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Public Housing Environmental & Conservation Clearinghouse

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Related Information
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Review the following helpful links to expand your current knowledge of Hazardous Materials
 -   Hazardous Materials/Waste
 -   Pesticide Fact Sheets
 -   Lead
 -   Mold


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Residents Corner
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Research materials that residents and the general public and utilize to become more involved with environmental conservation.
 -   How to Remove Mold

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Additional Resources
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Research and review more details about what HUD and other federal government agencies have available to further energy awareness
 -   PIH 2009-16 (PDF)
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Hazardous Materials

Chemicals are found everywhere. They purify drinking water, increase crop production, and simplify household chores. But chemicals also can be hazardous to humans or the environment if used or released improperly. Hazardous materials in various forms can cause death, serious injury, long-lasting health effects, and damage to buildings, homes, and other property. Be sure to read all labels for directions and warnings on how to handle and use chemicals before use of any hazardous products. These labels have valuable information on proper use and what to do in the event of an accident.

Lead - One Hazardous Material...

[Image: Buckets of Paint]HUD’s Office of Healthy Homes and Lead Hazard Control (OHHLHC) was established to eliminate lead-based paint hazards in America's privately-owned and low-income housing and to lead the nation in addressing other housing-related health hazards that threaten vulnerable residents.

The OHHLHC provides funds to state and local governments to assist in the development of cost-effective ways to reduce lead-based paint hazards. The office also enforces HUD’s lead-based paint regulations, provides public outreach and technical assistance, and conducts technical studies to help protect children and their families from health and safety hazards in the home.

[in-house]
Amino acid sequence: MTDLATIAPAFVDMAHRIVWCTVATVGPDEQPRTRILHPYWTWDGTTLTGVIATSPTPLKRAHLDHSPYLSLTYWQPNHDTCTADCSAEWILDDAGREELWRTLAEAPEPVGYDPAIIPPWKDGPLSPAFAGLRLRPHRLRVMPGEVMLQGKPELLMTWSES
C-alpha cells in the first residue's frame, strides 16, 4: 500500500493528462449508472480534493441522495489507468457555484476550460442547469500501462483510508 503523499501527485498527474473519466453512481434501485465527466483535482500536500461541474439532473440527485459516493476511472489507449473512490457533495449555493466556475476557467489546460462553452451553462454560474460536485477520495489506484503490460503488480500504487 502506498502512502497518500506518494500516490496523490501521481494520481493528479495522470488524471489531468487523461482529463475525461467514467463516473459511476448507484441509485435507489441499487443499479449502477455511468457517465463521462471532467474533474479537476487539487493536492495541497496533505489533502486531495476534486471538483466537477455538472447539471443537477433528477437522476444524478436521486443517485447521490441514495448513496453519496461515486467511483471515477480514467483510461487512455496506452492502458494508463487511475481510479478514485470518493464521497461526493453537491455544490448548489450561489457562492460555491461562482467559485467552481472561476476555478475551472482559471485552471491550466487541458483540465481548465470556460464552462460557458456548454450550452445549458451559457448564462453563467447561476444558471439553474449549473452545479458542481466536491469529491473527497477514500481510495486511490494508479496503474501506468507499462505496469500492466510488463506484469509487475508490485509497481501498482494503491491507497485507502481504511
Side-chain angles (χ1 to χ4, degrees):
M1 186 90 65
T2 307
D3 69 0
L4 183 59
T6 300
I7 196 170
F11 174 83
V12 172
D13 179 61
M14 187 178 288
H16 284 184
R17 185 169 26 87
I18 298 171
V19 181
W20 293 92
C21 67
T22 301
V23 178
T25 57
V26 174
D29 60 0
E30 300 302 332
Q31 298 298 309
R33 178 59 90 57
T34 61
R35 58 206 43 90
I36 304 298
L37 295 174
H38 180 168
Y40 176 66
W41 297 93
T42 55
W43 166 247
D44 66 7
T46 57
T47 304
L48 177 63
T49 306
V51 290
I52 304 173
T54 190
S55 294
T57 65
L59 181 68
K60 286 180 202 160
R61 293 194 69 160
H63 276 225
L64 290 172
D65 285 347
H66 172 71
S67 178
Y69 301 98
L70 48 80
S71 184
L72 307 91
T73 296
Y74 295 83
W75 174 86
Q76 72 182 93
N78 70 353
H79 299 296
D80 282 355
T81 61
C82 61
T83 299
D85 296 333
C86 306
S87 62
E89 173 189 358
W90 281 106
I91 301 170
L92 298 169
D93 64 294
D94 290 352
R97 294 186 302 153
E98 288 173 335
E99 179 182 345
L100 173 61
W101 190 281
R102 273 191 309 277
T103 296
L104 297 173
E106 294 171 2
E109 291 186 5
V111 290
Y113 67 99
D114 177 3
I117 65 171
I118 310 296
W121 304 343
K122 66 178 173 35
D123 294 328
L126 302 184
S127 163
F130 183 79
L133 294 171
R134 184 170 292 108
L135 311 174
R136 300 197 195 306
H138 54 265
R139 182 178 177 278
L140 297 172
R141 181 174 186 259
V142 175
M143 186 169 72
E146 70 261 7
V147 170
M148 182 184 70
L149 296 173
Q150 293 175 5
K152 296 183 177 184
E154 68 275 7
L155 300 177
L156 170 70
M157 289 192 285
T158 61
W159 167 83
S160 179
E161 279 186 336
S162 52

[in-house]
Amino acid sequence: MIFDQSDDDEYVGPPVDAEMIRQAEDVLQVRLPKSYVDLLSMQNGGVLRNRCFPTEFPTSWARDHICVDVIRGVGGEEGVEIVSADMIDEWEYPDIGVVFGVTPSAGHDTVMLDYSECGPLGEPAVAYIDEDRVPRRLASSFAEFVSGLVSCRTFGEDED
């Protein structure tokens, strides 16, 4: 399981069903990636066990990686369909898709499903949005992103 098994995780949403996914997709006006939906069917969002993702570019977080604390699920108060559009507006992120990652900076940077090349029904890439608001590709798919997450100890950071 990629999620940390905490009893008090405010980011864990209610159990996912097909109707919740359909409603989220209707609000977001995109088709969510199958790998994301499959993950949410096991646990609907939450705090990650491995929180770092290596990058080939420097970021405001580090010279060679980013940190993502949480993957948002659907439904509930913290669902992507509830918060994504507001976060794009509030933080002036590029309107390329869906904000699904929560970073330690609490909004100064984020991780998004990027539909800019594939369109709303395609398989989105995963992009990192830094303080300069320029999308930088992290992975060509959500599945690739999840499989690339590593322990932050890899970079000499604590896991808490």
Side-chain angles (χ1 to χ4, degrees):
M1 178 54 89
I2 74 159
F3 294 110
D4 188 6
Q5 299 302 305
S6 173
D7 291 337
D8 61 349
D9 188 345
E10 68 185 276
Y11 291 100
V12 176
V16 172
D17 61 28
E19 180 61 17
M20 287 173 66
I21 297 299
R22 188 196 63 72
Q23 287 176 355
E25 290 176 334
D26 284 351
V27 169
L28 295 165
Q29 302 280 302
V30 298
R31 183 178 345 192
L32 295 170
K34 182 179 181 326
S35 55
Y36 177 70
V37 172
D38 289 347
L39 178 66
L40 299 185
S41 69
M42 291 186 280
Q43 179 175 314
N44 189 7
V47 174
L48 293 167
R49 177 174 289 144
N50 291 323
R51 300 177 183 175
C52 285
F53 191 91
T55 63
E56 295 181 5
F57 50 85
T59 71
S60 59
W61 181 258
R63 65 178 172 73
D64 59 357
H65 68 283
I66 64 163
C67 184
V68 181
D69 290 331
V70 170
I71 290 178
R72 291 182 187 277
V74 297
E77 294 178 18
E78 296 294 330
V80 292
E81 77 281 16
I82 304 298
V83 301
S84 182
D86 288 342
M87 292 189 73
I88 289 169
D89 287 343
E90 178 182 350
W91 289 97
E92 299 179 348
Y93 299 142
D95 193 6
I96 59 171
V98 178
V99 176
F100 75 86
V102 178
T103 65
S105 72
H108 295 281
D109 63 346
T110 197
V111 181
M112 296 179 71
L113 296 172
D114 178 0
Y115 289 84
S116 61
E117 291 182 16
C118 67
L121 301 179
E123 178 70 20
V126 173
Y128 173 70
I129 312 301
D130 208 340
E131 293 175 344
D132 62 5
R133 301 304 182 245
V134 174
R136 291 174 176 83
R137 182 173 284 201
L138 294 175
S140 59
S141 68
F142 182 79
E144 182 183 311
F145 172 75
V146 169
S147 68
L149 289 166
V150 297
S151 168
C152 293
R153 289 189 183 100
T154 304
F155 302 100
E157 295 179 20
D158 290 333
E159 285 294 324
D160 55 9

Lead is a highly toxic metal that may cause a range of health problems, especially in young children. When lead is absorbed into the body, it can cause damage to the brain and other vital organs, like the kidneys, nerves and blood.

Lead may also cause behavioral problems, learning disabilities, seizures and in extreme cases, death. Some symptoms of lead poisoning may include headaches, stomachaches, nausea, tiredness and irritability. Children who are lead poisoned may show no symptoms.

Both inside and outside the home, deteriorated lead-paint mixes with household dust and soil and is tracked in. Children may become lead poisoned by:

  • Putting their hands or other lead-contaminated objects into their mouths,
  • Eating paint chips found in homes with peeling or flaking lead-based paint, or
  • Playing in lead-contaminated soil

The most important thing you can do to protect children from lead poisoning is to find and remove the lead as soon as possible. The longer a child is around lead, the more the lead will hurt their body. Have your home inspected for lead paint.

Temporarily reducing Lead Paint exposure can be best achieved by cleaning. Here are seven tips for effectively minimizing lead exposure:

  • Wear gloves to clean exposed areas
  • Pick up paint chips by hand with a damp paper towel not your vacuum or a broom
  • Wash household surfaces using lead specific or all purpose cleaners
  • Use paper towels instead of dish cloths or sponges that can carry lead.
  • Use spray bottles to keep dust levels down instead of buckets of unclean water
  • Rinse and wipe down affected areas with clean paper towels
  • Clean up properly once finished by thoroughly washing your hands.
 
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